Hasankeyf, Batman'a bağlı olan, iki yakasını Dicle Nehrinin ayırdığı tarihi bir ilçedir. 1975 yılı nüfus sayımlarına göre nüfusu 13.823 olan Hasankeyf, verdiği sürekli göçler nedeniyle 2000 yılında nüfusu 7493'e düşmüştür. Eski şehrinin tarihi, 10.000 yıl öncesine kadar gitmektedir. 1981'de doğal koruma alanı ilan edilmiştir.
Kuzeyden güneye kıvrılıp giden Dicle nehri üzerinde yer alması ve o günlerde ticaretin önemli bir kısmının nehir yoluyla yapılması nedeniyle Hasankeyf, ticari ve ekonomik olarak da gelişti.
Hasankeyf'i Artuklular'dan alan (1232) Eyyubiler, henüz bölgeye tam hakim olamadan Moğol istilasi ve harabiyeti ile karşılaştı. Birçok yerleşim yeri gibi burası da altüst oldu.
Eyyubiler, Moğol şokunu atlattıktan sonra 14. yüzyıl başlarından itibaren Hasankeyf'i yeniden imar etmeye başladı. Özellikle bugün Hasankeyf'te bulunan birçok eserde imzası bulunan Eyyubiler'in, Sultan Süleyman zamanında bu imar faaliyeti zirveye ulaştı. Hasankeyf, bu yıllarda tarihinin en parlak dönemlerinden birini yaşadı.
It is an ancient city, and has been identified with the Ilanṣura of the Mari Tablets (c. 1800 BC).
The Romans had built the Cephe fortress on the site and the city became the Kiphas fortress and a bishopric under the Byzantine Empire. It was conquered by the Arabs, in ca. 640, renamed Hisn Kayf. In the 12th century, the city was successively captured by theArtukids as their capital. During this period, Hasankeyf's golden age, the Artukids and Ayyubids built the Old Tigris Bridge, the Small Palace and the Great Palace. The infrastructure, location and significance of the city helped increase trade and made Hasankeyf a staging post on the Silk Road. The Ayyubids (descendants of Saladin) captured the city in 1232 and built the mosques that made Hasankeyf an important Islamic center.
The city was captured and sacked by the Mongols in 1260. The city would rise from its ashes though as summer homes for Ak Koyunlu emirs were built. Following the Ottoman ascendancy established by Selim I in the region in the early 16th century, the city became part of the Ottoman Empire in 1515, during Sultan Süleyman I's campaign of Irakeyn (the two Iraqs, e.g. Arabianand Persian) in 1534, at the same time as Diyarbakır, Mosul, Baghdad and Basra.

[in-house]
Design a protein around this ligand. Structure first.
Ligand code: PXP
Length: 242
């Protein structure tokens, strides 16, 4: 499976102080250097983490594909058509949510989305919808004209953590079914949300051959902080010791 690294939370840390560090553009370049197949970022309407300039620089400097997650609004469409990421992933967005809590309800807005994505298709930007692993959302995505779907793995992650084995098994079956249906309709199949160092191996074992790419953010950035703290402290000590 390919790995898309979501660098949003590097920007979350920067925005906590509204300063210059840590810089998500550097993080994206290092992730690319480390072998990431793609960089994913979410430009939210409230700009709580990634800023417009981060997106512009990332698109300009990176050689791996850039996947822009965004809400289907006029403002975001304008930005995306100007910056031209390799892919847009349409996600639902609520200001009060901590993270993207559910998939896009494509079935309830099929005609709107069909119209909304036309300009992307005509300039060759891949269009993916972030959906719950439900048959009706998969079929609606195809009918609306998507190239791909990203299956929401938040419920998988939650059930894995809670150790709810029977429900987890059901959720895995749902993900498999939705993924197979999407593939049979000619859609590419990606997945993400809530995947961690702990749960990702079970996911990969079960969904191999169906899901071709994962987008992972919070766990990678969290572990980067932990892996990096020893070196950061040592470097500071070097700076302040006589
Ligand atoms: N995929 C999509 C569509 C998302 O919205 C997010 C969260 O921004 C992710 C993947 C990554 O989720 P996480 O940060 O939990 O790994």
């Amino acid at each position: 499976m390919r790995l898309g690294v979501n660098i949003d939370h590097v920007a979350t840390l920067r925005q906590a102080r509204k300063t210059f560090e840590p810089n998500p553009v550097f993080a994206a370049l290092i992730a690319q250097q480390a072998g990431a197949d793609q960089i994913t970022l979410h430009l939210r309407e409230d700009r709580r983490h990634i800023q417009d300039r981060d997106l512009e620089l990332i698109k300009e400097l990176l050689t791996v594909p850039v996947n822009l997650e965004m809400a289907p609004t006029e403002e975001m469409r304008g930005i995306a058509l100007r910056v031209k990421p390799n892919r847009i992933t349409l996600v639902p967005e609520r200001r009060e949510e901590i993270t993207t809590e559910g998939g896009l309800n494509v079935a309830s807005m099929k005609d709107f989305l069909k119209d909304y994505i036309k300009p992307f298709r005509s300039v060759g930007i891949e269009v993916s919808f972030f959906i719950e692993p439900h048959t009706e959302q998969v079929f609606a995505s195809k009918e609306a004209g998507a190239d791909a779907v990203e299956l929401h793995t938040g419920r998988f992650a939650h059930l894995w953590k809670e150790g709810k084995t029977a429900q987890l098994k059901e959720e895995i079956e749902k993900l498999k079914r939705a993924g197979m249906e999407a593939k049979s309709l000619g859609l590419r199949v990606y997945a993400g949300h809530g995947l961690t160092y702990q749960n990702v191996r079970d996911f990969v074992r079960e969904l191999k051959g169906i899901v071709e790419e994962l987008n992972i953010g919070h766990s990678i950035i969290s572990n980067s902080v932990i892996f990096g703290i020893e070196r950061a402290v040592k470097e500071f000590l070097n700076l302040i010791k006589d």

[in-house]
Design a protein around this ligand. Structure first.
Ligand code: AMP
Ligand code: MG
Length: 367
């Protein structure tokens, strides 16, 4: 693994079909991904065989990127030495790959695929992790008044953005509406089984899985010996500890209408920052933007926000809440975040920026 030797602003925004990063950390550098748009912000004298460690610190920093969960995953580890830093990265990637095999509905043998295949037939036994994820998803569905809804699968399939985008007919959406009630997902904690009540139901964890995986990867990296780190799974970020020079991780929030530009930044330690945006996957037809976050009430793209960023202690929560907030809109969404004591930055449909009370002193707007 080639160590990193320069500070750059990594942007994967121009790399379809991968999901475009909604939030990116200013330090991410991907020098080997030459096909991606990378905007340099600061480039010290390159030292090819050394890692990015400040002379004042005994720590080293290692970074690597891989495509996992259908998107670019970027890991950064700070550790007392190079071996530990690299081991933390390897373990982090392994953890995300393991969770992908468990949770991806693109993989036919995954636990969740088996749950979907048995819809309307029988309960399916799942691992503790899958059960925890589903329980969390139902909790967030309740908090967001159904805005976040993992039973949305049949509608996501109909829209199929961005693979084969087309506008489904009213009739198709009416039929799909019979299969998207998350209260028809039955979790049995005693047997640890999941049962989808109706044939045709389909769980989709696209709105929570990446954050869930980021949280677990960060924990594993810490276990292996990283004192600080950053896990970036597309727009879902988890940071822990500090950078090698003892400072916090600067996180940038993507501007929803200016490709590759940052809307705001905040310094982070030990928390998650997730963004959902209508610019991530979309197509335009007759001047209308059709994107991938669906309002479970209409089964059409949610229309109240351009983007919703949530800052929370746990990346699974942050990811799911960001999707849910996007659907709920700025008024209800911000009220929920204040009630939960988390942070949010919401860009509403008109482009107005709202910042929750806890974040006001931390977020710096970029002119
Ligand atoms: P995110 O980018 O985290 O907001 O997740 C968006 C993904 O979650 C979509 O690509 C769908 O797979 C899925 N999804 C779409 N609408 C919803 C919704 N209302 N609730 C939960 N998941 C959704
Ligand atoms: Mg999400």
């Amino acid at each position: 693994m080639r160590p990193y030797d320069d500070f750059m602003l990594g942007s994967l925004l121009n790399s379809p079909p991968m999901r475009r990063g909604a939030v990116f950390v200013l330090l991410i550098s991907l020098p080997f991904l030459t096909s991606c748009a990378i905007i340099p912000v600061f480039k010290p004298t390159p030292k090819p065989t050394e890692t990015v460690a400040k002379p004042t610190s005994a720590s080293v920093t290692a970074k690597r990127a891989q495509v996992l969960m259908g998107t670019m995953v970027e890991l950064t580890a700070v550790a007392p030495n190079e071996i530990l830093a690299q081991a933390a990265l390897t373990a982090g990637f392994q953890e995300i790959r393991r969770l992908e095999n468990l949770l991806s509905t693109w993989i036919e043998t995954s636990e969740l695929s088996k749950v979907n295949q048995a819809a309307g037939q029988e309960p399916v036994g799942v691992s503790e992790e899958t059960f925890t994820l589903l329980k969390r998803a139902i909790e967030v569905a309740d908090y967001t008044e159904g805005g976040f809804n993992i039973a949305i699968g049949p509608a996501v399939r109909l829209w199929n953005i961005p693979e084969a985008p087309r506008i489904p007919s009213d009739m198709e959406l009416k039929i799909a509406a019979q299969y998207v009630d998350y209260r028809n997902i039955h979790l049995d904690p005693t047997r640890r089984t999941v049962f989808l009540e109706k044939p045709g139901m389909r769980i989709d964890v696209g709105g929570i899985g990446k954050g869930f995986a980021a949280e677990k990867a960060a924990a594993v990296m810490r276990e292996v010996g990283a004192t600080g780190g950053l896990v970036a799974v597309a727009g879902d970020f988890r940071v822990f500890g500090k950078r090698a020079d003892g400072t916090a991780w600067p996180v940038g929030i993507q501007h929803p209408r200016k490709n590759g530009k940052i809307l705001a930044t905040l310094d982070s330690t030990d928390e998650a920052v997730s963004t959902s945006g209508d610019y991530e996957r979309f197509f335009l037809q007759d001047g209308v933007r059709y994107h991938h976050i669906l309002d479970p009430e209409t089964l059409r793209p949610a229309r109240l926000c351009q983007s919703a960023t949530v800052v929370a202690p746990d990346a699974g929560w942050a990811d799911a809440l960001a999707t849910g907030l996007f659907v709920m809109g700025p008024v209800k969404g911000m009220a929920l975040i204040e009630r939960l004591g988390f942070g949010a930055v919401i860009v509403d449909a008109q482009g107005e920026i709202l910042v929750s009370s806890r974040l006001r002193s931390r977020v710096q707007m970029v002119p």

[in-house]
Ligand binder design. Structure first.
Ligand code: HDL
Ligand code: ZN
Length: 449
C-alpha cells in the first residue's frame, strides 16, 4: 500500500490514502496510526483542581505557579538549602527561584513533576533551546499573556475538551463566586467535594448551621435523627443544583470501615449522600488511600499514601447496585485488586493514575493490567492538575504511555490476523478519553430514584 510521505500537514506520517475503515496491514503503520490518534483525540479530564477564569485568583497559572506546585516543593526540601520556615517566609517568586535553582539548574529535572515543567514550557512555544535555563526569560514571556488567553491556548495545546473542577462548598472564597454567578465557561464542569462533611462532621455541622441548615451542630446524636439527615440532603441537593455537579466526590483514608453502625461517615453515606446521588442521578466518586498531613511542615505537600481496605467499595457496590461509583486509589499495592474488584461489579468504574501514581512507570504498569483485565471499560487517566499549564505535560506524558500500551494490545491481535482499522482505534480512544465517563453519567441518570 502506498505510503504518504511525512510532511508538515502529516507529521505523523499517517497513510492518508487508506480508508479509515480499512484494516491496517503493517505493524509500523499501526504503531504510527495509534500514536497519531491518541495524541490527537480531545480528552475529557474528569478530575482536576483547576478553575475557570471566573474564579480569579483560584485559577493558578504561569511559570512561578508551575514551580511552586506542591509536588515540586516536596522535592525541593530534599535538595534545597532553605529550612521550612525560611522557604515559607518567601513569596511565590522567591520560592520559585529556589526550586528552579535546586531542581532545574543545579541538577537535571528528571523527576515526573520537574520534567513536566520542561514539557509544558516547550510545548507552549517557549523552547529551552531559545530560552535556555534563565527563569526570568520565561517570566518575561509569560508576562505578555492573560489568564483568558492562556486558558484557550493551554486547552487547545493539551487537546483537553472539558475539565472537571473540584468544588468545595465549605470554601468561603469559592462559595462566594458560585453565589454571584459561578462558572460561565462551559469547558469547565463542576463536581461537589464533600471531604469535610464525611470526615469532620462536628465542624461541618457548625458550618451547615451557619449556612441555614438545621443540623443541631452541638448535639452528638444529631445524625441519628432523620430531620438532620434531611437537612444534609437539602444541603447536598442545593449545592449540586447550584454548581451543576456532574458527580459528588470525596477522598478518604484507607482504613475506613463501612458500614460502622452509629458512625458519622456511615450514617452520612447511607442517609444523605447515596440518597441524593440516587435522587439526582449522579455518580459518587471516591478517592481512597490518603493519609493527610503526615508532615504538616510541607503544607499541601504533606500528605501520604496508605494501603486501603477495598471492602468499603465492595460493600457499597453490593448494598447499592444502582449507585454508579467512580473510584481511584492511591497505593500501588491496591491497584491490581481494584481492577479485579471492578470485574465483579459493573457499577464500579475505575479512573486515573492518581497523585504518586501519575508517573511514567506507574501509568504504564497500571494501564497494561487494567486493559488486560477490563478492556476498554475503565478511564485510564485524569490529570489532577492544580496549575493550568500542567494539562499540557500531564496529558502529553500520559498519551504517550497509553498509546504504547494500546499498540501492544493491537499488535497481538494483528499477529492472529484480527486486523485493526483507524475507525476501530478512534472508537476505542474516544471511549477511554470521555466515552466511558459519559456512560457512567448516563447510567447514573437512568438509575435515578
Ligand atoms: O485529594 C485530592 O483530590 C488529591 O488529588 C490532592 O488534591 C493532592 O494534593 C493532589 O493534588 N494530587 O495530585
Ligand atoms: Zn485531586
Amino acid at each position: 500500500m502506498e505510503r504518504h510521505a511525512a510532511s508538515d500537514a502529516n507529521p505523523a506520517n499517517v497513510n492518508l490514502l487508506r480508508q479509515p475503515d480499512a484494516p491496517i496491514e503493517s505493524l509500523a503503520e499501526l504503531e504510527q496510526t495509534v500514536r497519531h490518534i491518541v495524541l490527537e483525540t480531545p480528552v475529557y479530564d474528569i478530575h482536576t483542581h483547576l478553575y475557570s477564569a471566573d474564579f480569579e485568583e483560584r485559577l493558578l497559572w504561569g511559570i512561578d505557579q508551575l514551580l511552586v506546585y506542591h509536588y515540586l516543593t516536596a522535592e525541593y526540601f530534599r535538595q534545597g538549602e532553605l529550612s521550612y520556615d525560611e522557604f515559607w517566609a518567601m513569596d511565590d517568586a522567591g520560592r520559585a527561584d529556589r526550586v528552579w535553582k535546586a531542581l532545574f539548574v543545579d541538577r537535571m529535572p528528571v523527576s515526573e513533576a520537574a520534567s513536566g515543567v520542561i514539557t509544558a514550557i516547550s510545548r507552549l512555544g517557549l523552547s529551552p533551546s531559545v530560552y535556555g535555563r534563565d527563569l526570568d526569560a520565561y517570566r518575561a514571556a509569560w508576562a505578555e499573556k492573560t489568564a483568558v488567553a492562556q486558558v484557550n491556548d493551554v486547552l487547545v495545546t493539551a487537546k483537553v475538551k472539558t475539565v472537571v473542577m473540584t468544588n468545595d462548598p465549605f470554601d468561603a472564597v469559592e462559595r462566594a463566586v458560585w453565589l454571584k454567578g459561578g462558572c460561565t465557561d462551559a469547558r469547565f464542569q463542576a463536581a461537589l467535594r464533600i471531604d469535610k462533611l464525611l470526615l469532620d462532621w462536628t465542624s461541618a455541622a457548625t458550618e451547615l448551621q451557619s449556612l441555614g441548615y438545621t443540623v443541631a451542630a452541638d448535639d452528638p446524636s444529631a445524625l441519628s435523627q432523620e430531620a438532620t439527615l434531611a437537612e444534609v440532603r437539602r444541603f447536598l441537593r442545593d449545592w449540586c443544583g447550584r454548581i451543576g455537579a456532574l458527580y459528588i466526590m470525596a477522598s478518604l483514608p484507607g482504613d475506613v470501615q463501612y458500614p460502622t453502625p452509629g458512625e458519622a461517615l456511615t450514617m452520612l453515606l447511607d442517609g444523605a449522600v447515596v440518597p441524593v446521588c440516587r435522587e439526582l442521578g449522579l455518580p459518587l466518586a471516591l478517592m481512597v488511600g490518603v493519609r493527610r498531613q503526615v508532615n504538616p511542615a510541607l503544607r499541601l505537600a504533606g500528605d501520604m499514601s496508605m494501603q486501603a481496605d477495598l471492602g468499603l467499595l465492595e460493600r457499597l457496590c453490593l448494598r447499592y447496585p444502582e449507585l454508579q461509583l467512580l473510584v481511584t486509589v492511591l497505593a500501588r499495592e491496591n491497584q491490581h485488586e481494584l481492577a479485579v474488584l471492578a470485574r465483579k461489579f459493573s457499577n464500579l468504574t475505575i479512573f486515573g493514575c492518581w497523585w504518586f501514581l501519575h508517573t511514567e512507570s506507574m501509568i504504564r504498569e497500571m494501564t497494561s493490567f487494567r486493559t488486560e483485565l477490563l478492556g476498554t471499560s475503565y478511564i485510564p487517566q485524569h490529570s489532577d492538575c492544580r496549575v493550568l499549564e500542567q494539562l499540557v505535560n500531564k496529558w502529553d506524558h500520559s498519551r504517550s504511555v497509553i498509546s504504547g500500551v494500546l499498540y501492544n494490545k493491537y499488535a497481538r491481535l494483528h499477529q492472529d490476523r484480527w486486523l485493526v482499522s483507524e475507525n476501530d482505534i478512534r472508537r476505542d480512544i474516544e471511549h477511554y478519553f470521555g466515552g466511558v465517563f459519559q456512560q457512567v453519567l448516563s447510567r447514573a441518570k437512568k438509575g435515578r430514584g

Hasankeyf is rich in history throughout the ages and aside from the sites below, thousands of caves exist in the cliffs that surround the city. Many of the caves are multi-storied and water-supplied. Churches and mosques were also carved into the cliffs and numerous ancient cemeteries exist throughout the area as well.
The Old Tigris Bridge - Built in 1116 by Artukid Fahrettin Karaaslan, it replaced an older bridge. The bridge over the Tigris River is considered to be the largest from the Medieval Period. Support for the bridge was built with wood in case the bridge had to be removed in order to prevent an attack. Because of this, two piles and some foundation work are all that exist of the bridge today.
The Citadel - This structure sits 100m above the Tigris River, overlooking Hasankeyf. The Citadel has likely been used as a dwelling place for centuries.
Small Palace - This palace was built by the Ayyubids and overlooks Hasankeyf as it sits on a cliff.
Ulu Mosque - Built by the Ayyubids in 1325, on-top of a church's remains.
Great Palace - The palace was built by the Artukids and has an associated rectangular tower that may have been a watchtower.
Süleyman Mosque - This mosque was built by Sultan Süleyman and is all but destroyed except for a minaret. Süleyman's grave is missing from the site as well.
Koc Mosque - The mosque is located east of the Süleyman Mosque and was likely built by the Ayyubids.
Kizlar Mosque - Located east of the Koc Mosque, the Kizlar mosque was also likely from the Ayyubid period as well. The section of the structure which is used as a mosque today was a mausoleum in the past, containing grave remnants.
Imam Abdullah Tomb - The tomb lies west of the new bridge in Hasankeyf and it the tomb of Imam Abdullah. Abdullah was the grandson of Cafer-i Tayyar, uncle of the prophet Mohammad. An epitaph on the tomb states that the tomb was restored in the Ayyubid period.
Zeynel Bey Mausoleum - Named after Zeynel Bey, this mausoleum is opposite Hasankeyf on the Tigris River. Bey was the son of Uzun Hassan ruler of the AkkoyunluDynasty which ruled over Hasankeyf in the 15th century.